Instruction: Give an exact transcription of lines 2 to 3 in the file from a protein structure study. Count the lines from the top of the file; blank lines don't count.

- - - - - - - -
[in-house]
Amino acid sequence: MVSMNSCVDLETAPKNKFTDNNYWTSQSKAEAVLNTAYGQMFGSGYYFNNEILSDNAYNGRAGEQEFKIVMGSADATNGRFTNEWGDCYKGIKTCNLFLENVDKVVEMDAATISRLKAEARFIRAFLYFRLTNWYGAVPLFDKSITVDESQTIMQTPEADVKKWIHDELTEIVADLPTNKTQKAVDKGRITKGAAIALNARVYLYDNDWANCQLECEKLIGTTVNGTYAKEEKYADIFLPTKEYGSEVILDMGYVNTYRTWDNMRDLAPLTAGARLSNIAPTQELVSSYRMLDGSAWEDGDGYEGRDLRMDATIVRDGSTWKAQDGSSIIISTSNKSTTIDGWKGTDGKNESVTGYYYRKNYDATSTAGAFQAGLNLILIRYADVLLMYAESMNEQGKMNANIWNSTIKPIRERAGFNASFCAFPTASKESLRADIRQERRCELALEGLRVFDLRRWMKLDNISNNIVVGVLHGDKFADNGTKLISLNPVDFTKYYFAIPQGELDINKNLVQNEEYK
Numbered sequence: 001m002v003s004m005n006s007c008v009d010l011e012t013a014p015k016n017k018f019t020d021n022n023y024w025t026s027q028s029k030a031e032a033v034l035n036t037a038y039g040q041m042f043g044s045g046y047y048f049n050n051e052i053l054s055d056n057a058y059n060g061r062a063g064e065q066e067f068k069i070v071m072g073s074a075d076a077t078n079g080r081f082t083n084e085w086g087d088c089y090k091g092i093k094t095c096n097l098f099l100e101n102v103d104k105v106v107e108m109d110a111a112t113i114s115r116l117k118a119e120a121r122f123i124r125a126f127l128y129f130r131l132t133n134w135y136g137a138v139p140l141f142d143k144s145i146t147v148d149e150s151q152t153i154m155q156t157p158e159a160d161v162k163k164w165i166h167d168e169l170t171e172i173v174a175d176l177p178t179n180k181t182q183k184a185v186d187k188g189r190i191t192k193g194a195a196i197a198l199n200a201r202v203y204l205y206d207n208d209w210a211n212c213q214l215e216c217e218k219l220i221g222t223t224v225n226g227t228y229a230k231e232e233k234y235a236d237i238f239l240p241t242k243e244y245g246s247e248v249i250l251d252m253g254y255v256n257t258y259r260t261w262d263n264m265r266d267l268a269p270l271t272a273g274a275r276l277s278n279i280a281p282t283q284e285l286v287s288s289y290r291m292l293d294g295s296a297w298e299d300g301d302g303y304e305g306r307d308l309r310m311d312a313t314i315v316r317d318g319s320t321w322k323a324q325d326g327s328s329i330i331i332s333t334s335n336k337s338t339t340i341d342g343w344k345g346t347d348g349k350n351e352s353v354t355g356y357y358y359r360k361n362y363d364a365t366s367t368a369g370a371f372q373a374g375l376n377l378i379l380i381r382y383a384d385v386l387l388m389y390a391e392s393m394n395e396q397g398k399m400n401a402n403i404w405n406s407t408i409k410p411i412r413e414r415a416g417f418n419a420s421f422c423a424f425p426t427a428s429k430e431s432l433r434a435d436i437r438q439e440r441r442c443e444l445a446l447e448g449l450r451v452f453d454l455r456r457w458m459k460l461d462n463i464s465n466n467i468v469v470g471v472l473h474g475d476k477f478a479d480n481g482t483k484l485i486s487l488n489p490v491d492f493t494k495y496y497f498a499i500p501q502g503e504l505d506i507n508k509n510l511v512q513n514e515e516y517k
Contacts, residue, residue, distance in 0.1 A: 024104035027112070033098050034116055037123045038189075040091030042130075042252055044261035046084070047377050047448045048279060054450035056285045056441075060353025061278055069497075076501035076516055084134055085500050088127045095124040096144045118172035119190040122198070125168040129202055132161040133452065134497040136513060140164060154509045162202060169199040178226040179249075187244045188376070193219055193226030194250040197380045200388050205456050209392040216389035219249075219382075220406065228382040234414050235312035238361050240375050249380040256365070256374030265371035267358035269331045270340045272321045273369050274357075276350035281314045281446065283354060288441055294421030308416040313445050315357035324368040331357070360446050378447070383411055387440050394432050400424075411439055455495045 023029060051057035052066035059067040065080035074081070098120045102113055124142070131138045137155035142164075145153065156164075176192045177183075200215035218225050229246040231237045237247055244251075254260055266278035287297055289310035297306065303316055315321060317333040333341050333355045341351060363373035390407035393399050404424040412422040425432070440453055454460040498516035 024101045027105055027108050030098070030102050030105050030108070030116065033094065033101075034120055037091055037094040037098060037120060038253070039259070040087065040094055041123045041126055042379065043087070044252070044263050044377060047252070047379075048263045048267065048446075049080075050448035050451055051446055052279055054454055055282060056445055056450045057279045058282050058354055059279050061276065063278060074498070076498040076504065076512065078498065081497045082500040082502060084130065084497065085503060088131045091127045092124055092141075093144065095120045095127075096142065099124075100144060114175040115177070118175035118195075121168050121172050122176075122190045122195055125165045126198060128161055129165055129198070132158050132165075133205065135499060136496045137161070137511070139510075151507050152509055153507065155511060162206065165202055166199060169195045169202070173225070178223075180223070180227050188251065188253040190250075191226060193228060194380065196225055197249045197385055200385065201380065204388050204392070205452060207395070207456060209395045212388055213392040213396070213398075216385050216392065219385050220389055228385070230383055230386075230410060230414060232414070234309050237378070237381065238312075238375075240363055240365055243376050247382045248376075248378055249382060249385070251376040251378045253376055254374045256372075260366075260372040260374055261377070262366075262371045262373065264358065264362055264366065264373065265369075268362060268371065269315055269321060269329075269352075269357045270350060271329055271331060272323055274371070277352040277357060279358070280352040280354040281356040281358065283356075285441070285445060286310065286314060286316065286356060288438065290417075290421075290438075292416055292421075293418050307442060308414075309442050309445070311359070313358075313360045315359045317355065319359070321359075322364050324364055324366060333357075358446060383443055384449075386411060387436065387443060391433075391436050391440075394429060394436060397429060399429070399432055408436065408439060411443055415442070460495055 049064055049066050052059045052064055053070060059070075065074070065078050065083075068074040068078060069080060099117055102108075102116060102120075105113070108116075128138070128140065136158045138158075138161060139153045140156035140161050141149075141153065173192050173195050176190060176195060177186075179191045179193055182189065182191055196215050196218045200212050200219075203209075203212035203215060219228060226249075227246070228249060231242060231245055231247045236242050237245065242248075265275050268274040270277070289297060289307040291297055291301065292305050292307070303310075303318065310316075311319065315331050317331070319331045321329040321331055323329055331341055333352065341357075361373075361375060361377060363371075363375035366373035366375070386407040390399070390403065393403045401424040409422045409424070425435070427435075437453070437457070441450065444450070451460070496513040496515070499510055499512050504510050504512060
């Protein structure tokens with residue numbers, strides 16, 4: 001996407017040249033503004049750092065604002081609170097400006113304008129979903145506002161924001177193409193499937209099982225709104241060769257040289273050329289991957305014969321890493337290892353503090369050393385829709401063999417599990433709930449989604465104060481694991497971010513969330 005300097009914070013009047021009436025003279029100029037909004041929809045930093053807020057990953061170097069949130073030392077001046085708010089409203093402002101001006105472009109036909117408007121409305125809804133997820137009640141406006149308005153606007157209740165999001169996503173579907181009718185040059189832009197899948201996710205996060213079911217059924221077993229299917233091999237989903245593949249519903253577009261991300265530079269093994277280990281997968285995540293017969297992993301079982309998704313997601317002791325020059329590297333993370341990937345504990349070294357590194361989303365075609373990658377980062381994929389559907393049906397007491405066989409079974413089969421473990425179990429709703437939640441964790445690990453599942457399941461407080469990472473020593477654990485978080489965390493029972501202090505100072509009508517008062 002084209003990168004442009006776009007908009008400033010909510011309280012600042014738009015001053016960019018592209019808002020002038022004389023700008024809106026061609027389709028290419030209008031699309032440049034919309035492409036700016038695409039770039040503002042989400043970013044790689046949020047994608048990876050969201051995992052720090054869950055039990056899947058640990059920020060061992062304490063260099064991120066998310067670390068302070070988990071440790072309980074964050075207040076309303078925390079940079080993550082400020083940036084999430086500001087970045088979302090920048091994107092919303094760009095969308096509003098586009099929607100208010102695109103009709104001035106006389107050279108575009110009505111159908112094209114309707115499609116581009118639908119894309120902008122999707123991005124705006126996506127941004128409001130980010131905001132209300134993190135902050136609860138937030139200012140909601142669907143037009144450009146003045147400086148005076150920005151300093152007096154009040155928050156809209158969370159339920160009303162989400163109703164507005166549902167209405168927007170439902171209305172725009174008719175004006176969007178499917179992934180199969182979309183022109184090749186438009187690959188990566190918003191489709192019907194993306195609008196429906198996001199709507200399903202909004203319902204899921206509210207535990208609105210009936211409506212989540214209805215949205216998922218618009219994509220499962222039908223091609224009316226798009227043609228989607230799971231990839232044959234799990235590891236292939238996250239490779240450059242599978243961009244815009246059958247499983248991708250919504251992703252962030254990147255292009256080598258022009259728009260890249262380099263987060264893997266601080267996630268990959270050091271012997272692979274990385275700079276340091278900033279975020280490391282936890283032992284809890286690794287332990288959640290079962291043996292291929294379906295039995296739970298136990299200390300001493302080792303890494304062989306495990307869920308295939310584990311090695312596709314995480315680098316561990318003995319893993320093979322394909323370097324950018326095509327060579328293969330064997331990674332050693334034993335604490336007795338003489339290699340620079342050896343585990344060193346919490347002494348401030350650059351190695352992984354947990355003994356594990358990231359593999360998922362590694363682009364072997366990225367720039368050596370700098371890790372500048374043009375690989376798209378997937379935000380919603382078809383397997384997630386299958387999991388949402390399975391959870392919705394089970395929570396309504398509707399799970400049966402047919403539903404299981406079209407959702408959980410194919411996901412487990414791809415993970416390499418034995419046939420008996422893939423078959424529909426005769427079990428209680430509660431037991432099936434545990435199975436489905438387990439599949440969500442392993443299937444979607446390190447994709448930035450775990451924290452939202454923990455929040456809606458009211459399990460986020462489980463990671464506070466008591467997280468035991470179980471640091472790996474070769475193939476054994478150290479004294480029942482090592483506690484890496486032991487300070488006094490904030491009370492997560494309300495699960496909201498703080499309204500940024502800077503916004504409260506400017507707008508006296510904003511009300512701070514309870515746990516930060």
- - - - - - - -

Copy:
Amino acid sequence: MVSMNSCVDLETAPKNKFTDNNYWTSQSKAEAVLNTAYGQMFGSGYYFNNEILSDNAYNGRAGEQEFKIVMGSADATNGRFTNEWGDCYKGIKTCNLFLENVDKVVEMDAATISRLKAEARFIRAFLYFRLTNWYGAVPLFDKSITVDESQTIMQTPEADVKKWIHDELTEIVADLPTNKTQKAVDKGRITKGAAIALNARVYLYDNDWANCQLECEKLIGTTVNGTYAKEEKYADIFLPTKEYGSEVILDMGYVNTYRTWDNMRDLAPLTAGARLSNIAPTQELVSSYRMLDGSAWEDGDGYEGRDLRMDATIVRDGSTWKAQDGSSIIISTSNKSTTIDGWKGTDGKNESVTGYYYRKNYDATSTAGAFQAGLNLILIRYADVLLMYAESMNEQGKMNANIWNSTIKPIRERAGFNASFCAFPTASKESLRADIRQERRCELALEGLRVFDLRRWMKLDNISNNIVVGVLHGDKFADNGTKLISLNPVDFTKYYFAIPQGELDINKNLVQNEEYK
Numbered sequence: 001m002v003s004m005n006s007c008v009d010l011e012t013a014p015k016n017k018f019t020d021n022n023y024w025t026s027q028s029k030a031e032a033v034l035n036t037a038y039g040q041m042f043g044s045g046y047y048f049n050n051e052i053l054s055d056n057a058y059n060g061r062a063g064e065q066e067f068k069i070v071m072g073s074a075d076a077t078n079g080r081f082t083n084e085w086g087d088c089y090k091g092i093k094t095c096n097l098f099l100e101n102v103d104k105v106v107e108m109d110a111a112t113i114s115r116l117k118a119e120a121r122f123i124r125a126f127l128y129f130r131l132t133n134w135y136g137a138v139p140l141f142d143k144s145i146t147v148d149e150s151q152t153i154m155q156t157p158e159a160d161v162k163k164w165i166h167d168e169l170t171e172i173v174a175d176l177p178t179n180k181t182q183k184a185v186d187k188g189r190i191t192k193g194a195a196i197a198l199n200a201r202v203y204l205y206d207n208d209w210a211n212c213q214l215e216c217e218k219l220i221g222t223t224v225n226g227t228y229a230k231e232e233k234y235a236d237i238f239l240p241t242k243e244y245g246s247e248v249i250l251d252m253g254y255v256n257t258y259r260t261w262d263n264m265r266d267l268a269p270l271t272a273g274a275r276l277s278n279i280a281p282t283q284e285l286v287s288s289y290r291m292l293d294g295s296a297w298e299d300g301d302g303y304e305g306r307d308l309r310m311d312a313t314i315v316r317d318g319s320t321w322k323a324q325d326g327s328s329i330i331i332s333t334s335n336k337s338t339t340i341d342g343w344k345g346t347d348g349k350n351e352s353v354t355g356y357y358y359r360k361n362y363d364a365t366s367t368a369g370a371f372q373a374g375l376n377l378i379l380i381r382y383a384d385v386l387l388m389y390a391e392s393m394n395e396q397g398k399m400n401a402n403i404w405n406s407t408i409k410p411i412r413e414r415a416g417f418n419a420s421f422c423a424f425p426t427a428s429k430e431s432l433r434a435d436i437r438q439e440r441r442c443e444l445a446l447e448g449l450r451v452f453d454l455r456r457w458m459k460l461d462n463i464s465n466n467i468v469v470g471v472l473h474g475d476k477f478a479d480n481g482t483k484l485i486s487l488n489p490v491d492f493t494k495y496y497f498a499i500p501q502g503e504l505d506i507n508k509n510l511v512q513n514e515e516y517k